They are both tapping the energy of an electorate dissatisfied with the ruling class. That's the message from Robert Reich on his blog.
The game seems rigged – riddled with abuses of power, crony capitalism, and corporate welfare.
In 1964, Americans agreed by 64% to 29% that government was run for the benefit of all the people. By 2012, the response had reversed, with voters saying by 79% to 19% that government was "run by a few big interests looking after themselves."
Which has made it harder for ordinary people to get ahead. In 2001 a Gallup poll found 77 percent of Americans satisfied with opportunities to get ahead by working hard and 22 percent dissatisfied. By 2014, only 54 percent were satisfied and 45 percent dissatisfied.
Of course, beyond the common source of anger Trump and Sanders are like night and day. Again, from Reich.
On the right are the wreckers. The Tea Party, which emerged soon after the Wall Street bailout, has been intent on stopping government in its tracks and overthrowing a ruling class it sees as rotten to the core.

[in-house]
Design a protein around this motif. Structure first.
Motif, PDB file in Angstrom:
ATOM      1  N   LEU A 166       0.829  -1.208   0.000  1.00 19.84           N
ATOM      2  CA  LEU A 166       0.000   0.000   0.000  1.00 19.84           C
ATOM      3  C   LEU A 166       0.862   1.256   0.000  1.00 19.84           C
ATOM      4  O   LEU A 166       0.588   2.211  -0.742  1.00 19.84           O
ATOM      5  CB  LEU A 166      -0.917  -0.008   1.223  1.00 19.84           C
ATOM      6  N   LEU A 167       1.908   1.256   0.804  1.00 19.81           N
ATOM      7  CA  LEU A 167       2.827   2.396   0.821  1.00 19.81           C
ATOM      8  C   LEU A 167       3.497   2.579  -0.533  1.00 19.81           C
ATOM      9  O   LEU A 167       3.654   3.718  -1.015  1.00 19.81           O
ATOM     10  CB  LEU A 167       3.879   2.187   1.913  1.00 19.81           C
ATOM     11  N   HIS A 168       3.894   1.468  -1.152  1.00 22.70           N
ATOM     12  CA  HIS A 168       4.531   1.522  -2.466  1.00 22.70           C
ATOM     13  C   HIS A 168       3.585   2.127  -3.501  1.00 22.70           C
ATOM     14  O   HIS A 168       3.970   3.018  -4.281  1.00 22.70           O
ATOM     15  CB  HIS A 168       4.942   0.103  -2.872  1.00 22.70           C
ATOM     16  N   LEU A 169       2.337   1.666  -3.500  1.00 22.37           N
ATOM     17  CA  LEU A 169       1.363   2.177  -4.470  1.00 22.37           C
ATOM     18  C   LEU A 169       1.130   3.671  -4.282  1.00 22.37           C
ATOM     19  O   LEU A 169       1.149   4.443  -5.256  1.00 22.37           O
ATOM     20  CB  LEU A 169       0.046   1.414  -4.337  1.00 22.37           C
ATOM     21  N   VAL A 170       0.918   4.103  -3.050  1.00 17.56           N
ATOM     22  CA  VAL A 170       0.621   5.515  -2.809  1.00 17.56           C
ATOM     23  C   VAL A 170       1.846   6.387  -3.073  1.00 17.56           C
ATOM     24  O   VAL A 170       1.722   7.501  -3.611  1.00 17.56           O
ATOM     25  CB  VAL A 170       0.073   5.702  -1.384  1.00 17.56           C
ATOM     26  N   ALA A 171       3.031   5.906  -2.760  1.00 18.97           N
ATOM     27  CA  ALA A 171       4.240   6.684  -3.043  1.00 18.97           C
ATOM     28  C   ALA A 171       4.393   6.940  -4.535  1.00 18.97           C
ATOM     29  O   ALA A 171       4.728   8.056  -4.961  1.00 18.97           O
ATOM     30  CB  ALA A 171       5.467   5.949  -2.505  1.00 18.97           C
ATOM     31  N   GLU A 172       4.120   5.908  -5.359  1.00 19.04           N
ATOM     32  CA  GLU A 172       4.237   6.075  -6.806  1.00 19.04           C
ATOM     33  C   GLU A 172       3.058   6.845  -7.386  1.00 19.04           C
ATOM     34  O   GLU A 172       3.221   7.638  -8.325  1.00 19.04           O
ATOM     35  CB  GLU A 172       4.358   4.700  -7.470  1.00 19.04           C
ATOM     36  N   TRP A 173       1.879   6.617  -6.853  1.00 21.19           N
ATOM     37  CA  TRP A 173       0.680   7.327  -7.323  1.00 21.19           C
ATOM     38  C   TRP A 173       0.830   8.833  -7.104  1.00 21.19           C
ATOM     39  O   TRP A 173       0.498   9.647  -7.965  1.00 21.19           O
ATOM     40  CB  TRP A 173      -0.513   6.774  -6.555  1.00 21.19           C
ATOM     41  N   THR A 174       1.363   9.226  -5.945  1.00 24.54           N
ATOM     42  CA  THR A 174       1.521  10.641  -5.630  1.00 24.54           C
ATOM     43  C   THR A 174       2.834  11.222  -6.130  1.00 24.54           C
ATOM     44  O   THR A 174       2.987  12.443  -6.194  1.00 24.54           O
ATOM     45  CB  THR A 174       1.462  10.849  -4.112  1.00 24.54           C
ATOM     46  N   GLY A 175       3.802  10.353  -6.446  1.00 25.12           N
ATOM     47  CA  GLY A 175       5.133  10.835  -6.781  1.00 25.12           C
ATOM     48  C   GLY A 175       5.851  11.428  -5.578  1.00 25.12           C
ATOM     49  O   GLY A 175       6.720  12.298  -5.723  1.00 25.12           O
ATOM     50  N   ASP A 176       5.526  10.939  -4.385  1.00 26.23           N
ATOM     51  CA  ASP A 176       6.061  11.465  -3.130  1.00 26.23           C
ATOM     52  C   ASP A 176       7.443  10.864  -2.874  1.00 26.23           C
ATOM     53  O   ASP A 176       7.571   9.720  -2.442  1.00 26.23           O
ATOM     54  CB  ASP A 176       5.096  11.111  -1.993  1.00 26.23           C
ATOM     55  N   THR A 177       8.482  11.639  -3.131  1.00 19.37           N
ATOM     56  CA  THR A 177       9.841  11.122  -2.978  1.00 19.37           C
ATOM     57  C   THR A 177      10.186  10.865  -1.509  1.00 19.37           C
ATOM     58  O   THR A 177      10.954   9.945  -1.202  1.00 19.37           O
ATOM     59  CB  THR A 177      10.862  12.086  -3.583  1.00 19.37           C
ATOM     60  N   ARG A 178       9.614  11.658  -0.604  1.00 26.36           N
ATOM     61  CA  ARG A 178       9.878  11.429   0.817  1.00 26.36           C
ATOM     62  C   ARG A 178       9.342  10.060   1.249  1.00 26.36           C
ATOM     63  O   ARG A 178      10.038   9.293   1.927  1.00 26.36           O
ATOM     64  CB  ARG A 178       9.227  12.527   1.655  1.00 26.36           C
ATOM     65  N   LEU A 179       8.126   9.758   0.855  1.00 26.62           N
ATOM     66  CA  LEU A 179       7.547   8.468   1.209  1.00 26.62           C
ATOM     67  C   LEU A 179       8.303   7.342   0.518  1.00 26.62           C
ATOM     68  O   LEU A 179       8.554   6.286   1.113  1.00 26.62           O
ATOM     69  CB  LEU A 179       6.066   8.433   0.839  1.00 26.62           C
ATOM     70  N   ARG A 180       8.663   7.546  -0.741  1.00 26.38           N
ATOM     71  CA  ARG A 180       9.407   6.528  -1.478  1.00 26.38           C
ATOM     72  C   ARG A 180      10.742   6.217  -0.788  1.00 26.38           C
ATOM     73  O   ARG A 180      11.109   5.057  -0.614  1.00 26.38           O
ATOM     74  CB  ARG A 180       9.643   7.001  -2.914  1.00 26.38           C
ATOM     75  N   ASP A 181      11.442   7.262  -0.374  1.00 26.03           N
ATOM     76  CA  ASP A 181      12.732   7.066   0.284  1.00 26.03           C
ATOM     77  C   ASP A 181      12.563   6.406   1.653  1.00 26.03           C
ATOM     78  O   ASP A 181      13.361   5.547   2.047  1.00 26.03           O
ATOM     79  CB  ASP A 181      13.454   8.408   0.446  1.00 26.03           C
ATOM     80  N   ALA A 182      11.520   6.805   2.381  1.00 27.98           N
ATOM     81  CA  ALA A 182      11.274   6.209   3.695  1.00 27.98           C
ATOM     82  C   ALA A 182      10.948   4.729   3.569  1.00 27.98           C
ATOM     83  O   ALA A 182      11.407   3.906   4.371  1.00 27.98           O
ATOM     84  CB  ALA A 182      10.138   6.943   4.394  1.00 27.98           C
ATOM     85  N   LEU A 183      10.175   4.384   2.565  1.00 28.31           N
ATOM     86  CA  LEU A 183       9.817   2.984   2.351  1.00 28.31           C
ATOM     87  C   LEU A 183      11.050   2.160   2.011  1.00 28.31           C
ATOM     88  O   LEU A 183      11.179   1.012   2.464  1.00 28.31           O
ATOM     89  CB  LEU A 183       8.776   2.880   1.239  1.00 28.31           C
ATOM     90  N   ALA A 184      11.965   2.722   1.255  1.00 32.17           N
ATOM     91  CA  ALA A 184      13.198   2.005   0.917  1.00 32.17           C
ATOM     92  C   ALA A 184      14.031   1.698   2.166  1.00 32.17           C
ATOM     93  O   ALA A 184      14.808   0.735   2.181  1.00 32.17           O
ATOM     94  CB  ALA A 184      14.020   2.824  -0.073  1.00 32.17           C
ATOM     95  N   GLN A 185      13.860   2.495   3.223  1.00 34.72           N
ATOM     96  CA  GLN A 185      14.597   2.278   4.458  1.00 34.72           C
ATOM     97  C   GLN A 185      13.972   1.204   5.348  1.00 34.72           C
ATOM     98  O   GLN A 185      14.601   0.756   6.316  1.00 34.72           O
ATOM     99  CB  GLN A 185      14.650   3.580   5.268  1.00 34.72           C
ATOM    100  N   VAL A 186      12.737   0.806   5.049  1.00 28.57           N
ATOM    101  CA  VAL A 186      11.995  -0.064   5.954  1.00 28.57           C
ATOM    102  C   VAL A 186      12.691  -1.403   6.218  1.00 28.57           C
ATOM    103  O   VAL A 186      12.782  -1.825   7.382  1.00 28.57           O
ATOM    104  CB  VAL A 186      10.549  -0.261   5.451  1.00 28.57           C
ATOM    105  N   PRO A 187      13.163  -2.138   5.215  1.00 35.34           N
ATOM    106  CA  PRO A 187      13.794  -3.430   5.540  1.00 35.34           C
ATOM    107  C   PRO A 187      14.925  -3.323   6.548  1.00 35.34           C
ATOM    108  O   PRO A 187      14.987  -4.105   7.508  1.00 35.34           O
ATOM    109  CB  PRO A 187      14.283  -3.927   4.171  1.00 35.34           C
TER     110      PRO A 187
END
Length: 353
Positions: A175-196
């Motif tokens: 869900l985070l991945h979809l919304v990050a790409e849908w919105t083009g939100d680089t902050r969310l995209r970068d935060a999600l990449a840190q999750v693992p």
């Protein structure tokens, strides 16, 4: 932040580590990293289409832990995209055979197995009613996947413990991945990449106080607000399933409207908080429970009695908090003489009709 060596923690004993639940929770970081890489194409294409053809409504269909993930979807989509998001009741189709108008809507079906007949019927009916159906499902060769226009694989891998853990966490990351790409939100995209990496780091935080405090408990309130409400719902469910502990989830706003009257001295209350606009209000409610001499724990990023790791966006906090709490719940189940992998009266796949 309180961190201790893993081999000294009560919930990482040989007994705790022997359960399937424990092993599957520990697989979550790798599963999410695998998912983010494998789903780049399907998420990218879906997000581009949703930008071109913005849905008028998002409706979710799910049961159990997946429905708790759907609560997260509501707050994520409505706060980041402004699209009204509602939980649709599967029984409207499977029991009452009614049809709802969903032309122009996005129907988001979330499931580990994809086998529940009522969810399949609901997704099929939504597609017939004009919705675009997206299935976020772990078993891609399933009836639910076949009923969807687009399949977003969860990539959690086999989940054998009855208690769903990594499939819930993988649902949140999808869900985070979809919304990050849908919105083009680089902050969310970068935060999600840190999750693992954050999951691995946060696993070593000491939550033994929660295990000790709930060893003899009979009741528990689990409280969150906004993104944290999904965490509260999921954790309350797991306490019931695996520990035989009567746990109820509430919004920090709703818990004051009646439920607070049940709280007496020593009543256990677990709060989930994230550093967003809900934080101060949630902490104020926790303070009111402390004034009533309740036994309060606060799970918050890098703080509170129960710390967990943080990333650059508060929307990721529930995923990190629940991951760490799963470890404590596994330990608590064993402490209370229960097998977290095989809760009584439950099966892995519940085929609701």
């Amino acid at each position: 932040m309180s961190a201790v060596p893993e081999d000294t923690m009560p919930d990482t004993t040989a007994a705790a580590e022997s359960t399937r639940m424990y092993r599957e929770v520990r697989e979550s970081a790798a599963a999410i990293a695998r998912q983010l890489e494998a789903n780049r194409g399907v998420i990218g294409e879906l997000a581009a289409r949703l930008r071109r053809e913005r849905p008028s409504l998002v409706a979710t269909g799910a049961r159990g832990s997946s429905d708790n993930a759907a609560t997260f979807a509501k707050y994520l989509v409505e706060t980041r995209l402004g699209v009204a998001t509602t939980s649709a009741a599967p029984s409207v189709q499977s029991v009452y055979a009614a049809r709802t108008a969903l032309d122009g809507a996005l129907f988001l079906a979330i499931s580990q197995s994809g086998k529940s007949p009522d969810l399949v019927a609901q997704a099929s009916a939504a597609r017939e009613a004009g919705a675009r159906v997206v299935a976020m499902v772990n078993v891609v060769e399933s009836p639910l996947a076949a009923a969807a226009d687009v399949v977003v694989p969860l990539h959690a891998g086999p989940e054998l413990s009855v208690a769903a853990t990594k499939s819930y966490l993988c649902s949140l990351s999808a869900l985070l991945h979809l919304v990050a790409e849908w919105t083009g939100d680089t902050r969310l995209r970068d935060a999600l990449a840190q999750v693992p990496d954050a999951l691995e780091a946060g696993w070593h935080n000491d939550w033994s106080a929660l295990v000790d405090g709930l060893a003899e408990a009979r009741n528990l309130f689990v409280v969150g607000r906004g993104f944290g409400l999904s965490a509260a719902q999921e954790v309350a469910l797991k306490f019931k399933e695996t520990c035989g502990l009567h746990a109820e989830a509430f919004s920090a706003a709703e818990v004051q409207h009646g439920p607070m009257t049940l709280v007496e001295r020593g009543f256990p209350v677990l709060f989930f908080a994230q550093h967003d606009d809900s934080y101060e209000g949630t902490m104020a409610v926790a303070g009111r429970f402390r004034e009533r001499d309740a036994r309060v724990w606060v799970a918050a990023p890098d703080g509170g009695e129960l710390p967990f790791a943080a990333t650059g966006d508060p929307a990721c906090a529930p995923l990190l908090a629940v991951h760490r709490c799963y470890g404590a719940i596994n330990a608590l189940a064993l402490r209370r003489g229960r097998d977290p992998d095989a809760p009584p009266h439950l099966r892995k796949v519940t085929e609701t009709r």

Donald Trump is their human wrecking ball. The more outrageous his rants and putdowns of other politicians, the more popular he becomes among this segment of the public that’s thrilled by a bombastic, racist, billionaire who sticks it to the ruling class.
On the left are the rebuilders. The Occupy movement, which also emerged from the Wall Street bailout, was intent on displacing the ruling class and rebuilding our political-economic system from the ground up.
Bernie Sanders personifies them. The more he advocates a fundamental retooling of our economy and democracy in favor of average working people, the more popular he becomes among those who no longer trust the ruling class to bring about necessary change.
... the revolt against the ruling class won’t end with the 2016 election ....
Which means the ruling class will have to change the way it rules America. Or it won’t rule too much longer.